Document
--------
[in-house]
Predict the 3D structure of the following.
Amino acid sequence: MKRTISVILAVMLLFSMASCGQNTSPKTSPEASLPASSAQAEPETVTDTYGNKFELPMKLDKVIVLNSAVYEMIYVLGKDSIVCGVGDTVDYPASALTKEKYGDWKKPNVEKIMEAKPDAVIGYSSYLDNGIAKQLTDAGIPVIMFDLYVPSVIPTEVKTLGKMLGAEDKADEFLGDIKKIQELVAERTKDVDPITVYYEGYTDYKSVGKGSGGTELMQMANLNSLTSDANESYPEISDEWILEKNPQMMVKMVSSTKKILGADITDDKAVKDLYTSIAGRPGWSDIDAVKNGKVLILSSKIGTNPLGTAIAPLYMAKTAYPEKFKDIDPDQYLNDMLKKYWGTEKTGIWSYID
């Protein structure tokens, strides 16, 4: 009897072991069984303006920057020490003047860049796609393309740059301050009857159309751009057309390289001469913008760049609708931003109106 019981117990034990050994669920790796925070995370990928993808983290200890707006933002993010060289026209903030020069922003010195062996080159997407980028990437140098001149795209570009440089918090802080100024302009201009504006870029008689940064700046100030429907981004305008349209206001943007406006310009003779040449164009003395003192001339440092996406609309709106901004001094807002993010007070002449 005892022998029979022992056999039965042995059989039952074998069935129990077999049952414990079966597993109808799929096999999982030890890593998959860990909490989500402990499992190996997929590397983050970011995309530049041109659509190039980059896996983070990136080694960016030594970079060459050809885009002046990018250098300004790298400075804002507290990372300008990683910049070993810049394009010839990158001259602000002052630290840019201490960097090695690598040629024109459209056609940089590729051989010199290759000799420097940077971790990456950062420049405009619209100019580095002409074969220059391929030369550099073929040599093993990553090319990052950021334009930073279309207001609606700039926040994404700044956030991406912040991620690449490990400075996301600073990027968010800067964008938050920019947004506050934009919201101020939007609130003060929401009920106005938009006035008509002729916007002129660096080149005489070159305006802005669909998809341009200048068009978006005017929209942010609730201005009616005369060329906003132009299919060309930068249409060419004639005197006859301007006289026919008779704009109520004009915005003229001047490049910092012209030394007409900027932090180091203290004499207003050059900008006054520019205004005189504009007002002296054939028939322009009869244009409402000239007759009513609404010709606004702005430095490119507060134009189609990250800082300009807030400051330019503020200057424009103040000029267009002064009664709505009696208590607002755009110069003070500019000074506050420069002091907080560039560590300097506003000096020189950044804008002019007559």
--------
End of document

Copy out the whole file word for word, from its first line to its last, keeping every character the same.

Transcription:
[in-house]
Predict the 3D structure of the following.
Amino acid sequence: MKRTISVILAVMLLFSMASCGQNTSPKTSPEASLPASSAQAEPETVTDTYGNKFELPMKLDKVIVLNSAVYEMIYVLGKDSIVCGVGDTVDYPASALTKEKYGDWKKPNVEKIMEAKPDAVIGYSSYLDNGIAKQLTDAGIPVIMFDLYVPSVIPTEVKTLGKMLGAEDKADEFLGDIKKIQELVAERTKDVDPITVYYEGYTDYKSVGKGSGGTELMQMANLNSLTSDANESYPEISDEWILEKNPQMMVKMVSSTKKILGADITDDKAVKDLYTSIAGRPGWSDIDAVKNGKVLILSSKIGTNPLGTAIAPLYMAKTAYPEKFKDIDPDQYLNDMLKKYWGTEKTGIWSYID
């Protein structure tokens, strides 16, 4: 009897072991069984303006920057020490003047860049796609393309740059301050009857159309751009057309390289001469913008760049609708931003109106 019981117990034990050994669920790796925070995370990928993808983290200890707006933002993010060289026209903030020069922003010195062996080159997407980028990437140098001149795209570009440089918090802080100024302009201009504006870029008689940064700046100030429907981004305008349209206001943007406006310009003779040449164009003395003192001339440092996406609309709106901004001094807002993010007070002449 005892022998029979022992056999039965042995059989039952074998069935129990077999049952414990079966597993109808799929096999999982030890890593998959860990909490989500402990499992190996997929590397983050970011995309530049041109659509190039980059896996983070990136080694960016030594970079060459050809885009002046990018250098300004790298400075804002507290990372300008990683910049070993810049394009010839990158001259602000002052630290840019201490960097090695690598040629024109459209056609940089590729051989010199290759000799420097940077971790990456950062420049405009619209100019580095002409074969220059391929030369550099073929040599093993990553090319990052950021334009930073279309207001609606700039926040994404700044956030991406912040991620690449490990400075996301600073990027968010800067964008938050920019947004506050934009919201101020939007609130003060929401009920106005938009006035008509002729916007002129660096080149005489070159305006802005669909998809341009200048068009978006005017929209942010609730201005009616005369060329906003132009299919060309930068249409060419004639005197006859301007006289026919008779704009109520004009915005003229001047490049910092012209030394007409900027932090180091203290004499207003050059900008006054520019205004005189504009007002002296054939028939322009009869244009409402000239007759009513609404010709606004702005430095490119507060134009189609990250800082300009807030400051330019503020200057424009103040000029267009002064009664709505009696208590607002755009110069003070500019000074506050420069002091907080560039560590300097506003000096020189950044804008002019007559």